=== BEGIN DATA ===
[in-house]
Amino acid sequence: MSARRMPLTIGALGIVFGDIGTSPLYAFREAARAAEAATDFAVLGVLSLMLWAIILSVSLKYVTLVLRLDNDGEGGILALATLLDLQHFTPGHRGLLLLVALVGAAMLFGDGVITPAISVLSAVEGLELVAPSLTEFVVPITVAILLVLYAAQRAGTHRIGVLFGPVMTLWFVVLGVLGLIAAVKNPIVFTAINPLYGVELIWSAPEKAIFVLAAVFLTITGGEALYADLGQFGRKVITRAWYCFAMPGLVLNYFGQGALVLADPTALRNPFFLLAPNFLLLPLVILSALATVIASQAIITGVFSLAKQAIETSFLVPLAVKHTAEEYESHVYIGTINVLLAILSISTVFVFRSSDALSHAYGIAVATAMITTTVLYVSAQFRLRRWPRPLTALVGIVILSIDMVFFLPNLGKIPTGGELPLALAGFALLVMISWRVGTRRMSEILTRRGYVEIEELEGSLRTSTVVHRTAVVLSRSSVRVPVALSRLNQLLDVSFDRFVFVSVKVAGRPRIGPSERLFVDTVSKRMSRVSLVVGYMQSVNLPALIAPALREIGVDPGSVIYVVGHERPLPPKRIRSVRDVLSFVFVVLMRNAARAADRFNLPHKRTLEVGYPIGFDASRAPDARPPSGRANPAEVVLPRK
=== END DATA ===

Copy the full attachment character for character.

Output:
[in-house]
Amino acid sequence: MSARRMPLTIGALGIVFGDIGTSPLYAFREAARAAEAATDFAVLGVLSLMLWAIILSVSLKYVTLVLRLDNDGEGGILALATLLDLQHFTPGHRGLLLLVALVGAAMLFGDGVITPAISVLSAVEGLELVAPSLTEFVVPITVAILLVLYAAQRAGTHRIGVLFGPVMTLWFVVLGVLGLIAAVKNPIVFTAINPLYGVELIWSAPEKAIFVLAAVFLTITGGEALYADLGQFGRKVITRAWYCFAMPGLVLNYFGQGALVLADPTALRNPFFLLAPNFLLLPLVILSALATVIASQAIITGVFSLAKQAIETSFLVPLAVKHTAEEYESHVYIGTINVLLAILSISTVFVFRSSDALSHAYGIAVATAMITTTVLYVSAQFRLRRWPRPLTALVGIVILSIDMVFFLPNLGKIPTGGELPLALAGFALLVMISWRVGTRRMSEILTRRGYVEIEELEGSLRTSTVVHRTAVVLSRSSVRVPVALSRLNQLLDVSFDRFVFVSVKVAGRPRIGPSERLFVDTVSKRMSRVSLVVGYMQSVNLPALIAPALREIGVDPGSVIYVVGHERPLPPKRIRSVRDVLSFVFVVLMRNAARAADRFNLPHKRTLEVGYPIGFDASRAPDARPPSGRANPAEVVLPRK